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Radiative Ignition and Transition to Spread Investigation (RITSI).

pdf icon Radiative Ignition and Transition to Spread Investigation (RITSI). (1865 K)
Kashiwagi, T.; Olson, S. L.


Third United States Microgravity Payload: One Year Report. Proceedings. February 10-11, 1997, Washington, DC, 97-117 pp, 1998.


National Aeronautics and Space Administration, Lewis Research Center, Cleveland, OH


microgravity; flame spread; ignition; smoldering; experiments; char; temperature; lamps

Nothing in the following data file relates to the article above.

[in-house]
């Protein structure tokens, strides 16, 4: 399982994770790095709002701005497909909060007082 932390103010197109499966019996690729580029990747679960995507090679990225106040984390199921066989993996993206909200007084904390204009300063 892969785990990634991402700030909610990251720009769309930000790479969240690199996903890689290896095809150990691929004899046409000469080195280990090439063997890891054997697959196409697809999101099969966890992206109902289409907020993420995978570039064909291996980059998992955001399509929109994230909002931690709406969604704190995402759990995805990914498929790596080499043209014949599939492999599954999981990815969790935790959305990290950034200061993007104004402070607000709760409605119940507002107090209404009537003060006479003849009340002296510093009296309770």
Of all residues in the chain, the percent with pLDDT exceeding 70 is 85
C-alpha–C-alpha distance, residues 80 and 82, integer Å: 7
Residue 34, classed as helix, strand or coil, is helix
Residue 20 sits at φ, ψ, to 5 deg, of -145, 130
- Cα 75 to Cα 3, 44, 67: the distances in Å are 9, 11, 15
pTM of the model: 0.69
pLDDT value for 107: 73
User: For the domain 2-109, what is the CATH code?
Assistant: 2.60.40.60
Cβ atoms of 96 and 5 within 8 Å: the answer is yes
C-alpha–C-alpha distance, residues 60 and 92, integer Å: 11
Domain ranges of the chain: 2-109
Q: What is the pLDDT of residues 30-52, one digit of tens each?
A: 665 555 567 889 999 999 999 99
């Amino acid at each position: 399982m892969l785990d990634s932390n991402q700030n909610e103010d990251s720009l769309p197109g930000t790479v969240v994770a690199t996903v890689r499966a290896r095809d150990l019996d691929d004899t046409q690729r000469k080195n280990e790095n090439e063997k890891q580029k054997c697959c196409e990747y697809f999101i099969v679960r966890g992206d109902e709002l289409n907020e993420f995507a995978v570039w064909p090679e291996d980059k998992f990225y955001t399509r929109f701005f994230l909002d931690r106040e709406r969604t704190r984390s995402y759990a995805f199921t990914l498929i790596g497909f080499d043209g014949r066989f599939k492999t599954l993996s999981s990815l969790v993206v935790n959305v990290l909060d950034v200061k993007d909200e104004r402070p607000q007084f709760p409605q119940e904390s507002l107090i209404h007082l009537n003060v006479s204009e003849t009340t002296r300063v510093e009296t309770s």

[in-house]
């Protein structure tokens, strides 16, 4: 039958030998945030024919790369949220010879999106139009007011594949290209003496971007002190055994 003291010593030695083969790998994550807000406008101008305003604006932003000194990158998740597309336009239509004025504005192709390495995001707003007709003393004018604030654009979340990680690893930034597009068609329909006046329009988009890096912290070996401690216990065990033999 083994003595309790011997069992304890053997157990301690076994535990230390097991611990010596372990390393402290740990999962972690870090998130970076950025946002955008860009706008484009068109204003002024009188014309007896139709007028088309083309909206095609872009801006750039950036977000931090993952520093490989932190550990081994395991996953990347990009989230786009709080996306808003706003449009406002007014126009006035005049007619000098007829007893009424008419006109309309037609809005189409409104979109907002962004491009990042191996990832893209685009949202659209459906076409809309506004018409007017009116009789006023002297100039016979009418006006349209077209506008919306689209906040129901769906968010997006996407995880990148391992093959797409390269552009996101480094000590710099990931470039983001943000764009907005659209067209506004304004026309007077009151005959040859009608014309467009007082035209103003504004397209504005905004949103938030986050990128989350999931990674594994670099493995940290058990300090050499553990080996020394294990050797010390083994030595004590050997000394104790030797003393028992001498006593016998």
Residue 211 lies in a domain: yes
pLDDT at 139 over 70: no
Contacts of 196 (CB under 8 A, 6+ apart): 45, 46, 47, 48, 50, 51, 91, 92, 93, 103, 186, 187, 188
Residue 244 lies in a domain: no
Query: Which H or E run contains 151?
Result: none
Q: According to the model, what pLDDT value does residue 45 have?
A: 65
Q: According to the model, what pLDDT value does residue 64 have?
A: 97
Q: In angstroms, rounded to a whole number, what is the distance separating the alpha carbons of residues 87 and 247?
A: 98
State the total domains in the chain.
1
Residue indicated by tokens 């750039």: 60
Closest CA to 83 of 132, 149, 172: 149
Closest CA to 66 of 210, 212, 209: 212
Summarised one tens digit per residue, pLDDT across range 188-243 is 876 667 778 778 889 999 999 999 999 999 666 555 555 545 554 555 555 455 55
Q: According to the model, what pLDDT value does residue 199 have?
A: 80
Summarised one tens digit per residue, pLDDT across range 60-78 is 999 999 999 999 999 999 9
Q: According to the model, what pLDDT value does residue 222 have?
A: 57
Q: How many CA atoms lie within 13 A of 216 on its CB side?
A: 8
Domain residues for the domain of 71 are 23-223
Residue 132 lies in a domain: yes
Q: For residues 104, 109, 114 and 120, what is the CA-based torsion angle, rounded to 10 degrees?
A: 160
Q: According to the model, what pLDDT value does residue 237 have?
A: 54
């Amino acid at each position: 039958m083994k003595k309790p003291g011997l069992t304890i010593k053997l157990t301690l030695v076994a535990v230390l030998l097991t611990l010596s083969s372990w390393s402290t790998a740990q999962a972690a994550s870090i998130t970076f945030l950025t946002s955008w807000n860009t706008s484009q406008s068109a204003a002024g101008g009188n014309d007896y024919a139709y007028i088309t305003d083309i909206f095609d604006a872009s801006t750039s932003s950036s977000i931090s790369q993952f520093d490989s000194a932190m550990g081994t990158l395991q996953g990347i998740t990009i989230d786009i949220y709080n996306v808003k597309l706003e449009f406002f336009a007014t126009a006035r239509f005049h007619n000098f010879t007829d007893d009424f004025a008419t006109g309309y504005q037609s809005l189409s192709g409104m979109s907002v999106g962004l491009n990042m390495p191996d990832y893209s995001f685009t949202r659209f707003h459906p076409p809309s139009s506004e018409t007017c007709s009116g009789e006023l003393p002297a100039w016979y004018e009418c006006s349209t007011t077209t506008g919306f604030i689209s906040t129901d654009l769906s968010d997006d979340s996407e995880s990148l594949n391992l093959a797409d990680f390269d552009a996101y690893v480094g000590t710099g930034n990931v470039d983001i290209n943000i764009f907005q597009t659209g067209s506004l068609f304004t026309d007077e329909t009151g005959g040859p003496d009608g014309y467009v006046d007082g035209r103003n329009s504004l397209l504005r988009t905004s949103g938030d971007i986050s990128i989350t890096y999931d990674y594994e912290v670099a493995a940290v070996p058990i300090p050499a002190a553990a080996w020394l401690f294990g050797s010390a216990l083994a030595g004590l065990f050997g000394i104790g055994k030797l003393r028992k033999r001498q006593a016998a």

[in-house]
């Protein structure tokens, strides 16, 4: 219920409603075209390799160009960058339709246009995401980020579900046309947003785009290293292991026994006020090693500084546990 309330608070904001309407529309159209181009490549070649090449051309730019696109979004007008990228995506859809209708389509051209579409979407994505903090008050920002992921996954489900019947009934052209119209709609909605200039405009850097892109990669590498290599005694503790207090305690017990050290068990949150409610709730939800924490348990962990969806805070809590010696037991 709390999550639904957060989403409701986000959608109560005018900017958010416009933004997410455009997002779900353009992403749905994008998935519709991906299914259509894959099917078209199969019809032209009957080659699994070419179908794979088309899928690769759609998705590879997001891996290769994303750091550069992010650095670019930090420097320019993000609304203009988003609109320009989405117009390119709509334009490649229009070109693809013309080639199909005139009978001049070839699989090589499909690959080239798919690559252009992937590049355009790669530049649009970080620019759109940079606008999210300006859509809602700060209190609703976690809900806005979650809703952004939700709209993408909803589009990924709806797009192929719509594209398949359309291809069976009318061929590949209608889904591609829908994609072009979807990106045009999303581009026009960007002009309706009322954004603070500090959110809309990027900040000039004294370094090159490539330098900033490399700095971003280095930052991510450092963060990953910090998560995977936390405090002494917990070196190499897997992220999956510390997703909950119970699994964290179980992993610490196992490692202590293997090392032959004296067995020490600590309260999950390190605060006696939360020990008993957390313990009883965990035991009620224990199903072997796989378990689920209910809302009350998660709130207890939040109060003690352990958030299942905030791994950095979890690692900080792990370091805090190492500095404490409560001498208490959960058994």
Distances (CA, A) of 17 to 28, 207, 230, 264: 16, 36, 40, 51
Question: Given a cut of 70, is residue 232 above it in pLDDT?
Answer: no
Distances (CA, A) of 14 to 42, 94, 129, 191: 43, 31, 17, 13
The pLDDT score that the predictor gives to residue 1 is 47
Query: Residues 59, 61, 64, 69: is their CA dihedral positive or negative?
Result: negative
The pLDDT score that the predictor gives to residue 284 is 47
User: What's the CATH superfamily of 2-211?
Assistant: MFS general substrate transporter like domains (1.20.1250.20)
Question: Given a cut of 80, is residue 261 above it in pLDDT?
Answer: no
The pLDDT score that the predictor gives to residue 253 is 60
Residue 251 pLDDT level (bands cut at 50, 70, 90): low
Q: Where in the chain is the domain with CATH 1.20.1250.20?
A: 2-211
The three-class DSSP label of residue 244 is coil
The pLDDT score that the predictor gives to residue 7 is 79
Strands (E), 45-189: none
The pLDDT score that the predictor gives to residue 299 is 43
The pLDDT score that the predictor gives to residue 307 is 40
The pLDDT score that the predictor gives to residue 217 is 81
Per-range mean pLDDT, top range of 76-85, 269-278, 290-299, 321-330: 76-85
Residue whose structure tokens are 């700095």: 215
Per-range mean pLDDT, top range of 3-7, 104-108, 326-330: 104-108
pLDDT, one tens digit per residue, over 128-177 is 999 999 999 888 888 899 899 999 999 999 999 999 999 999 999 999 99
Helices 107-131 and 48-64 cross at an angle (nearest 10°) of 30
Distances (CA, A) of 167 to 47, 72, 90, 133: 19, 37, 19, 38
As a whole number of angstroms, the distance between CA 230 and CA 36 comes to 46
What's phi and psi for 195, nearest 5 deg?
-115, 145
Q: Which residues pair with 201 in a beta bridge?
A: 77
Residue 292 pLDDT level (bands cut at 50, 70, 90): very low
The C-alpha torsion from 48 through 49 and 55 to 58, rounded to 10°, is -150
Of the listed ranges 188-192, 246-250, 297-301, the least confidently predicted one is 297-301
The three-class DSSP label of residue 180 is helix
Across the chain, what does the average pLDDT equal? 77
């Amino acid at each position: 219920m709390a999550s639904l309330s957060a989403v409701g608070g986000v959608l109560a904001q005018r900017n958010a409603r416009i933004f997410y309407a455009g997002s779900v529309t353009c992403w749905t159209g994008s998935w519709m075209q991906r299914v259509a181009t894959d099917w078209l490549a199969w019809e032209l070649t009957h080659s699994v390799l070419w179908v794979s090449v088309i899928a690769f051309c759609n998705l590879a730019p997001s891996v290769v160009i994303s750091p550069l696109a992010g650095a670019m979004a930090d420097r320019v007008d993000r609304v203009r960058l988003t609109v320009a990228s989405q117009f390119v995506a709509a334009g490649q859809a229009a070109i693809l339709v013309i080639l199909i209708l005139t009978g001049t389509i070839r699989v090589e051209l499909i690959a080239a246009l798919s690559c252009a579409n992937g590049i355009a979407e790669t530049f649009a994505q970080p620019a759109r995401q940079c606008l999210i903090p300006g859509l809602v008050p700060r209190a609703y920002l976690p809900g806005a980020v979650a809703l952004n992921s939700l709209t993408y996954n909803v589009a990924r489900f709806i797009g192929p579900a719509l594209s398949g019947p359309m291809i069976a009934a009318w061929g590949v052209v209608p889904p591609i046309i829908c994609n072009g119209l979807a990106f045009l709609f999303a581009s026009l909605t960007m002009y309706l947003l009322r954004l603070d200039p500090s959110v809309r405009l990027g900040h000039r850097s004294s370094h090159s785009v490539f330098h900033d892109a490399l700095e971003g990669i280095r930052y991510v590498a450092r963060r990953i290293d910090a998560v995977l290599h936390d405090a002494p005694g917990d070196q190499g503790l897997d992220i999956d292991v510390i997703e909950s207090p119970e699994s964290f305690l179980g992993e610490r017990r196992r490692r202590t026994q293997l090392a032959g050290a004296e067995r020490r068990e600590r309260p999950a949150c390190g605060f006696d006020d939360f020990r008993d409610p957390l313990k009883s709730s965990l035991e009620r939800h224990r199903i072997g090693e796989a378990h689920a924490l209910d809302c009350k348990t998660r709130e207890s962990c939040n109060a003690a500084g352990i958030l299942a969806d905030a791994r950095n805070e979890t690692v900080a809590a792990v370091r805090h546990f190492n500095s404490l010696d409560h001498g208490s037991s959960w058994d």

A total of 25 experiments was conducted in the Glovebox Facility on the USMP-3 mission to study the behavior of both flaming and smoldering ignition events, the transition from ignition to flame/smoldering spread, and the flame/smoldering growth pattern in air. Twenty-one of the 25 experiments were flaming experiments and the remainder were smoldering experiments. Ignition was initiated by a heated wire across a thermally thin filter paper in the middle of the sample for the two-dimensional configuration and by a focused beam from a halogen/tungsten lamp at the center of the sample for the three-dimensional configuration. The external air flow velocity was varied from 0 cm/s to 6.5 cm/s. The ignition and subsequent flame spread events were recorded by a video camera, a 35 mm camera, and 6 thermocouples (2 in the gas phase and 4 in the sample). The results indicate that non-piloted radiative ignition of the paper by external thermal radiation tends to occur more easily than in normal gravity. In the two-dimensional configuration, the transition from ignition to downstream flame spread never occurred; only the transition to upstream spread took place. In the three-dimensional configuration, a char growth pattern emerged in the shape of a fan, with the ignited area as the center of the fan and the fan spreading in the upstream direction. The internal angle of the fan increased with an increase in external flow velocity (higher flow velocity gave a more opened fan pattern). At an external flow velocity of 5 cm/s, the flame was horseshoe-shaped and the char pattern became an elongated semicircle toward upstream. It appears that the peak upstream flame spread rate was reached at a higher external velocity than for the two-dimensional flame front. Flame spread much faster along open edges of the sample paper than along the sample face, presumably due to there being larger supply of oxygen and energy feedback at the open edges than at the surface. These results indicate the possible importance of the effect of the flame front shape such as the curvature of the flame front on spread rate and flame strength. A complex, unexpected finger-shaped char growth pattern was observed during the smoldering experiment. Higher external flow velocity increased the number of localized smoldering fronts, of the char fingers they left behind, and frequency of bifurcations from the fingers. At present, it is not clear what caused such a complex char growth pattern.